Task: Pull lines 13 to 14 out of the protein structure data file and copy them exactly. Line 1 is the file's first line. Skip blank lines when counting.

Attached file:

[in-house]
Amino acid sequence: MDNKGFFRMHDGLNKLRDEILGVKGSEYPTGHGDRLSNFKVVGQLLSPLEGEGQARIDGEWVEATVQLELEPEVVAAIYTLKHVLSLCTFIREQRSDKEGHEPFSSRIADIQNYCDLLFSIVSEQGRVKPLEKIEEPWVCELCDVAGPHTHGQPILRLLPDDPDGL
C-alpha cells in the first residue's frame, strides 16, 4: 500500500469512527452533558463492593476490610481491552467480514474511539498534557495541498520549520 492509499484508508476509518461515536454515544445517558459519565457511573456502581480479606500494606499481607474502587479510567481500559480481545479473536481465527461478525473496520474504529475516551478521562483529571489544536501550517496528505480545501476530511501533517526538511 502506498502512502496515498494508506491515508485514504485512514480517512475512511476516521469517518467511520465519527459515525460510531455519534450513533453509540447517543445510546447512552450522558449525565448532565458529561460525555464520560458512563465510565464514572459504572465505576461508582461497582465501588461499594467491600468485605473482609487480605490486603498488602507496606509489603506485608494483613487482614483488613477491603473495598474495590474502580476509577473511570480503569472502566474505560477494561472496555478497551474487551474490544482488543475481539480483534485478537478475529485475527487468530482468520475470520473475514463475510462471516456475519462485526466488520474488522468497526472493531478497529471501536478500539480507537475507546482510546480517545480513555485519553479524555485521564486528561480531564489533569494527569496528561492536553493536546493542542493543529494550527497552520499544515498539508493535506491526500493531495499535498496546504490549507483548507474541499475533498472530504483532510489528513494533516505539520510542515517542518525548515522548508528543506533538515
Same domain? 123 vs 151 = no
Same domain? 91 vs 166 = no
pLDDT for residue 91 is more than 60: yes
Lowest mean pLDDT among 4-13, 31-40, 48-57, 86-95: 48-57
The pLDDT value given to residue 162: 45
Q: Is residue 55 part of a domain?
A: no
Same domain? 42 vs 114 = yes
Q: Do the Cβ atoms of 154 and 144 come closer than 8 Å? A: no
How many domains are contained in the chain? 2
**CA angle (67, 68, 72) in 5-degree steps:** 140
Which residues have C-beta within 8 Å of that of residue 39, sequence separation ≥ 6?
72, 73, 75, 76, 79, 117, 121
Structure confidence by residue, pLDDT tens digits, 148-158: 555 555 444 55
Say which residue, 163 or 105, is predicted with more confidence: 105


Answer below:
How many domains are contained in the chain? 2
**CA angle (67, 68, 72) in 5-degree steps:** 140